You know what? He listened. He took one of my pullovers and tied that around my head, and not too tightly, so that I wouldn’t be able to see him or wack him on the head with something and knock him out instantly as soon as he’d turned his back. When he was gone, I took the pullover from my head, and dialed the numbers of a friend and of the police. (Of course, I would never have called police if this had happened in the UK.) A women’s self-defence course was part of how I chose to deal with the matter. I also did a great deal of reading, talking, writng and some painting.

Later, I had a downstairs neighbour who blasted me out of bed many nights with loud music. Oh no, I thought every time while the bass shook my bed till 4 or 5 because I had to be in class at 9 in the morning.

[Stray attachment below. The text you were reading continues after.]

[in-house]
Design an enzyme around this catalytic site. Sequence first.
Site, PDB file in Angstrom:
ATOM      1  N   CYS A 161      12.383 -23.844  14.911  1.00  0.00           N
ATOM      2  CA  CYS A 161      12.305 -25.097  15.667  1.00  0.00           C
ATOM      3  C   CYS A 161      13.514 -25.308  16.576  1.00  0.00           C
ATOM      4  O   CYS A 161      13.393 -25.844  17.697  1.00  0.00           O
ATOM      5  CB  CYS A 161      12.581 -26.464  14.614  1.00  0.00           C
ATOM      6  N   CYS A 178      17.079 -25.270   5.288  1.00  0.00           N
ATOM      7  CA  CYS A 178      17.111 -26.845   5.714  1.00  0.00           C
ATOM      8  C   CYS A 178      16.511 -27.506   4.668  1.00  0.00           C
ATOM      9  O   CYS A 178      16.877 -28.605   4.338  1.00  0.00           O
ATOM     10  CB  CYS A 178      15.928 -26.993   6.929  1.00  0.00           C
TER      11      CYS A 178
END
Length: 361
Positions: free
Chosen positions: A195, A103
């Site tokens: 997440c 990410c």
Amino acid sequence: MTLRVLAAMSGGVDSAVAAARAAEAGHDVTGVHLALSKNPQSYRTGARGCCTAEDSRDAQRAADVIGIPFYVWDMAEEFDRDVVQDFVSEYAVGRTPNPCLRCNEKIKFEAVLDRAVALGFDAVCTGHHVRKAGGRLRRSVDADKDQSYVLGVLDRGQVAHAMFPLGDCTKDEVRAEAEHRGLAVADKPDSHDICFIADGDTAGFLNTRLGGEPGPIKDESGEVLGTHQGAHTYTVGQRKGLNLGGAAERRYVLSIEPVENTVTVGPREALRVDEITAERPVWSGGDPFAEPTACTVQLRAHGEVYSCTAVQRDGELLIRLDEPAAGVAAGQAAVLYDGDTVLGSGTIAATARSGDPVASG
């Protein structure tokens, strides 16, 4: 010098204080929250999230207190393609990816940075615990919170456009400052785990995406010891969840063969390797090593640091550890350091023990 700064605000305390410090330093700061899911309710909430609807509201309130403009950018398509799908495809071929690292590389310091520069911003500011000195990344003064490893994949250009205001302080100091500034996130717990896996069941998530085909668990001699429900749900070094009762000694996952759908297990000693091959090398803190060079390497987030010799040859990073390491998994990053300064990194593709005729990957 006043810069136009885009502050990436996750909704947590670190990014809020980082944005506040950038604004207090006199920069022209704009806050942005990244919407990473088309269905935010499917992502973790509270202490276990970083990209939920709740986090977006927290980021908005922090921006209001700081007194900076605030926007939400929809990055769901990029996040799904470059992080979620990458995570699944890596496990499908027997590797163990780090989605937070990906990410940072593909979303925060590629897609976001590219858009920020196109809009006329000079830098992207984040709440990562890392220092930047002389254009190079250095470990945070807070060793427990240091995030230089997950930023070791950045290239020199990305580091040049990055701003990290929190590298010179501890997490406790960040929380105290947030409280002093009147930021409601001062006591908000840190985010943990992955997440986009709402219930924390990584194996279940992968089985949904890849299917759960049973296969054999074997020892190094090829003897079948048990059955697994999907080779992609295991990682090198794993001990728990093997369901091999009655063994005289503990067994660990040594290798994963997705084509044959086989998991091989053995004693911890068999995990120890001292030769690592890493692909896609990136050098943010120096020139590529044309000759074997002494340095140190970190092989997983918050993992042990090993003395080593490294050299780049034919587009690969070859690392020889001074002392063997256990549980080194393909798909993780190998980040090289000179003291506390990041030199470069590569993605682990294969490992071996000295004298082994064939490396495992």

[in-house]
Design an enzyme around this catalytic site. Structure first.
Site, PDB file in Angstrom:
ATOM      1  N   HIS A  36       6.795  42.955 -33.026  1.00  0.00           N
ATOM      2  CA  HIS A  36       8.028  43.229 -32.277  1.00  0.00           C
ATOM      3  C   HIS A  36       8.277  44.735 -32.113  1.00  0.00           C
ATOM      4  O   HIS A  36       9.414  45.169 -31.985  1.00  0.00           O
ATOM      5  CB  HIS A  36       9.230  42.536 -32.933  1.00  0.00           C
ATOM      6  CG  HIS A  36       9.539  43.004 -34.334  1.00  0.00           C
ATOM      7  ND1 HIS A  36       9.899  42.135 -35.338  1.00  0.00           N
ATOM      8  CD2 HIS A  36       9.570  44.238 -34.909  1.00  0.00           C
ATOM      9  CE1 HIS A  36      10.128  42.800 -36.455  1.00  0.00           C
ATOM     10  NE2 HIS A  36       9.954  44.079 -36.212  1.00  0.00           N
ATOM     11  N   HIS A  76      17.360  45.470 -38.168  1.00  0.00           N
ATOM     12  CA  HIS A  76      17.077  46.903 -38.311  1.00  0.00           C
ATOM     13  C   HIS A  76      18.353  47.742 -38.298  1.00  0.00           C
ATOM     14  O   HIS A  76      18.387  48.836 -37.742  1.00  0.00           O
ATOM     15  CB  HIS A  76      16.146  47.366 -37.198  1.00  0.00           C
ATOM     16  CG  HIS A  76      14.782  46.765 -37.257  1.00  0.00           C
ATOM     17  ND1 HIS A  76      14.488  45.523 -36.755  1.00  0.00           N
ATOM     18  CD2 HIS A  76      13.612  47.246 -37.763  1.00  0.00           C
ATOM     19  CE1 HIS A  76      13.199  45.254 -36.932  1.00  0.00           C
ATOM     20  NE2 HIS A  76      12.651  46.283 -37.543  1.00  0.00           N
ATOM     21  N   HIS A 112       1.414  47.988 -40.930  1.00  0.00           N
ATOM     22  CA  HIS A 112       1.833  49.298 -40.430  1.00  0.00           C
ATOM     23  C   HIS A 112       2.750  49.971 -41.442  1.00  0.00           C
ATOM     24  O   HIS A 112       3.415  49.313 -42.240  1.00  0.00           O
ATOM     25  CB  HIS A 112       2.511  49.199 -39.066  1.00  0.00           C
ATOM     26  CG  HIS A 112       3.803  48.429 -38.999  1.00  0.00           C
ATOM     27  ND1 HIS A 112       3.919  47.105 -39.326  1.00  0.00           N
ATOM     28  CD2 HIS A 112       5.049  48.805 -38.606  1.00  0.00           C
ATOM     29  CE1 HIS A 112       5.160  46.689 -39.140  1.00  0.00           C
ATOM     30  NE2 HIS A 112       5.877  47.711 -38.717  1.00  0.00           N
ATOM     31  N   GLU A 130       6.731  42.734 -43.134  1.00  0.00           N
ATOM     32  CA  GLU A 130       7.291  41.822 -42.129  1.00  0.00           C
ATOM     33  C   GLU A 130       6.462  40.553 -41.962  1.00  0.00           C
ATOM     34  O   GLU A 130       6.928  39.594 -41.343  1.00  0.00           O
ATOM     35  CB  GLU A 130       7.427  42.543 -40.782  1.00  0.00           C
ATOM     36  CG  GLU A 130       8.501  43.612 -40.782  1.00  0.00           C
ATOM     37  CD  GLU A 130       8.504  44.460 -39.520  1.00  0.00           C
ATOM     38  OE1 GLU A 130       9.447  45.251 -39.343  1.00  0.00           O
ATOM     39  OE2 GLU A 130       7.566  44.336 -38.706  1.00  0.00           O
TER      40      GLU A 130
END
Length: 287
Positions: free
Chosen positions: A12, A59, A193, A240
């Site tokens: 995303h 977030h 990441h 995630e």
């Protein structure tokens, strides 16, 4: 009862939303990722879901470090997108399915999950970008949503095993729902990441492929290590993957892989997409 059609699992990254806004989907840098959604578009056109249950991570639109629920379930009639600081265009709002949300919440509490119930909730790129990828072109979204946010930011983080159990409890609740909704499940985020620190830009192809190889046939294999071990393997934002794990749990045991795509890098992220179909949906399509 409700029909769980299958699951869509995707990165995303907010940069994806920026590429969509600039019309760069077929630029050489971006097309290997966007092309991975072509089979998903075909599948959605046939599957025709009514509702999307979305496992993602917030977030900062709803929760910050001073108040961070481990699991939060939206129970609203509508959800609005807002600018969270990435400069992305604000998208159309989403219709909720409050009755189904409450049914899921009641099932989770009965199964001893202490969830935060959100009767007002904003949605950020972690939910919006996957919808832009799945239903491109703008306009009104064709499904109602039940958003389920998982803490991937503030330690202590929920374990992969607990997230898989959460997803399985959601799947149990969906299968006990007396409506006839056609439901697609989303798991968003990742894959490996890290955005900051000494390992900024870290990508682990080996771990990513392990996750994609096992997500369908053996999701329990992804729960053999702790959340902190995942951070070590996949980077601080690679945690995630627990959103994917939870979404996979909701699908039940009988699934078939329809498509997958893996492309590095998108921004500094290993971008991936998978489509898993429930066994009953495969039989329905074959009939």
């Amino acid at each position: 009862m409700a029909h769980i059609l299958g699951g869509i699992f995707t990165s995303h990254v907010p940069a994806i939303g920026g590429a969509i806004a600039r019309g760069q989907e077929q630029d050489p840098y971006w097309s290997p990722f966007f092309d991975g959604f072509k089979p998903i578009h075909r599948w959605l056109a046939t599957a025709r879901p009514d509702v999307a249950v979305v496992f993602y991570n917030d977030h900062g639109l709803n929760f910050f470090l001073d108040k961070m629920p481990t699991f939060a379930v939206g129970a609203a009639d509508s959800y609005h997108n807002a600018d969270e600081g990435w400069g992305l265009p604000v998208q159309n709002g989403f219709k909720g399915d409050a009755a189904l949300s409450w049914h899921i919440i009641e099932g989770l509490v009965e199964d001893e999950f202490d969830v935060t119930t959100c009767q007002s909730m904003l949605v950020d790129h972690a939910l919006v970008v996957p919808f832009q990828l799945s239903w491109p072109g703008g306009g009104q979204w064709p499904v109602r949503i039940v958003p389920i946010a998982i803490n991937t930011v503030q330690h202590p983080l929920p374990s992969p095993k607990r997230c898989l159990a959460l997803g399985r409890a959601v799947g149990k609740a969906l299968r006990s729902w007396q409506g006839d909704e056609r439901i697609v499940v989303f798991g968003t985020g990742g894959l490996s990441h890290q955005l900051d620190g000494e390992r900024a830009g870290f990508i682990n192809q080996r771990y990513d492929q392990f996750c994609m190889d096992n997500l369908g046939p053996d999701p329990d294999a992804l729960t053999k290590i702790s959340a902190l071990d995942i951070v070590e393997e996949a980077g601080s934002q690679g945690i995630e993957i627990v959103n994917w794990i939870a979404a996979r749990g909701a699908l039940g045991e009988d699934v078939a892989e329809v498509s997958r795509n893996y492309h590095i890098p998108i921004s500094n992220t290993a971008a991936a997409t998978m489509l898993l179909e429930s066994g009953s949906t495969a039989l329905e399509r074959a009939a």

One day when I was well-rested, I knocked on his door.

I asked him if he was ever bothered by noise coming from my place. It is usually very hard to tell whether someone in an adjacent home can hear what goes on in your own home or not. No, he said, and then he asked if he himself was ever loud. So I told him. Indeed, he had not been aware of the effect of his music at all.

He paid attention to it for a while and then slowly, the noise built up again. He was on mental disability benefits so he was home all day and all night, didn’t have a place where he needed to be at 9 the following morning. So I bought him headphones. I knocked on his door again, and gave him the headphones. Problem solved.

When I was walking back from the Winn-Dixie supermarket in central Saint Petersburg one day when I was living in Florida, there was a sudden pull and tug and gone was my shoulder bag. Oh no, I thought, my passport is in that bag, and my bank cards, and my driving licence! As a foreigner, I had to carry ID with me at all times.

I negotiated.